That I found an extraordinary figure: $25 billion for Canada as a whole. And in Ontario it was estimated to be around $9 billion. Collision-related accidents account for about $3 billion was the figure that he gave. I found that astounding too in terms of the implications of bad driving, unsafe driving, drivers who drive when they're drunk, others who drive because they want to be reckless with speed racing and the like. All of this causes tremendous human damage, carnage, death -- and health costs that are unbelievably high. We need to take that into account as we talk about what we need to do to get people to drive safer.

It would be nice, I would argue, if governments, provincial and federal, invested billions of dollars in transit to get people out of cars and make it easier for people to get on a streetcar, a bus or a GO train. I say we're not spending nearly as much as we ought to, as a province and as a federal government, to get people out of cars. I find that sad. I find it shameful.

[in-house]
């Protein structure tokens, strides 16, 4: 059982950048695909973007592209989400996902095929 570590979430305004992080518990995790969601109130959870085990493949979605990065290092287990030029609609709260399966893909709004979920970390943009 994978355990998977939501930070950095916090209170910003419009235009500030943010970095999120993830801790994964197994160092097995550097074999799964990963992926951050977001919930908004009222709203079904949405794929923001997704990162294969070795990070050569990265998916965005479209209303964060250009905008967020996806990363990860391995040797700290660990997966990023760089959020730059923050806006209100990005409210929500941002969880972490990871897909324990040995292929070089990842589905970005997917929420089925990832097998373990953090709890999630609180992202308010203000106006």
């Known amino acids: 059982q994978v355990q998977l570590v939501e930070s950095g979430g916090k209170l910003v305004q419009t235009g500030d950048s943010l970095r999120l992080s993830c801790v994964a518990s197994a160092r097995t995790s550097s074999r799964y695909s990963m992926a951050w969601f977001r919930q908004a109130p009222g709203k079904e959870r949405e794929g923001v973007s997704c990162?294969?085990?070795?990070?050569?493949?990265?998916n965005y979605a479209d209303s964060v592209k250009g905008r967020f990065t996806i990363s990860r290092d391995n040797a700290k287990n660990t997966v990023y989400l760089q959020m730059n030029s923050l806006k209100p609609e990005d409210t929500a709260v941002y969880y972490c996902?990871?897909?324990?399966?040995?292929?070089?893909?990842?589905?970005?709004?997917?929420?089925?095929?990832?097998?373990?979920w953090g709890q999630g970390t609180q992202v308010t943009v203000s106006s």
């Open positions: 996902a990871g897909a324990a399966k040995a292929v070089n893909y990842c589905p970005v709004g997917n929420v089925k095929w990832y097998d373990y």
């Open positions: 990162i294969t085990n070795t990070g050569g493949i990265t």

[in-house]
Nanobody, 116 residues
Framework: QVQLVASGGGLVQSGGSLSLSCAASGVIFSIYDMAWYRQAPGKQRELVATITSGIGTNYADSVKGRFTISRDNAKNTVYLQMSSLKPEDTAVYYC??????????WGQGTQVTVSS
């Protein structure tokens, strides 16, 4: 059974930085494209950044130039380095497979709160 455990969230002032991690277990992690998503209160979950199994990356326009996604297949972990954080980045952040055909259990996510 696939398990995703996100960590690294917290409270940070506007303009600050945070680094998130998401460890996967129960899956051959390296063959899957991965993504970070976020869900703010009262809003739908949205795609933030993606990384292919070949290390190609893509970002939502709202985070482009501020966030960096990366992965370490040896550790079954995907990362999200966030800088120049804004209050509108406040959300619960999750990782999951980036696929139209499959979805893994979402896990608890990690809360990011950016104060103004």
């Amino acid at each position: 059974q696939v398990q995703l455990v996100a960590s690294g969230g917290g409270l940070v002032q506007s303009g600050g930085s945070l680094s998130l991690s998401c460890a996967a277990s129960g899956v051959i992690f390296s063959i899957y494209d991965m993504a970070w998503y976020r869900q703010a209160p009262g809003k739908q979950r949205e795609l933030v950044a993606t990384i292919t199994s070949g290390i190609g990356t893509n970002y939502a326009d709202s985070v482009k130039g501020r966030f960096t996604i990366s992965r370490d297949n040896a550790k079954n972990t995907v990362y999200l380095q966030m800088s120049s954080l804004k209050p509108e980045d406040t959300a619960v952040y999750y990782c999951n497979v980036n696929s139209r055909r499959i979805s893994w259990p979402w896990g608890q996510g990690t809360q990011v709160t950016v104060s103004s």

We have another interesting statistic that I read about where in 2004, by that study, there were 19 million vehicles and 21 million drivers -- astounding numbers. Would that we, as a government, committed ourselves to investing a portion of those dollars in getting people out of cars and putting them in buses, subways, trains and streetcars. It would be lovely to do. Wouldn't it be lovely to be able to organize our living arrangements so that people wouldn't have to drive for kilometres to get what they need, to get their essentials? Wouldn't it be nice to get people out of their cars instead of driving for a kilometre or two or three to buy essential things such as bread, milk and butter? They've got to use a car.

It's incredible how we organize our North American societies. We pay so little attention to this kind of planning. We love to sprawl and we love to get people out so they can own two-acre lots. What an incredible waste.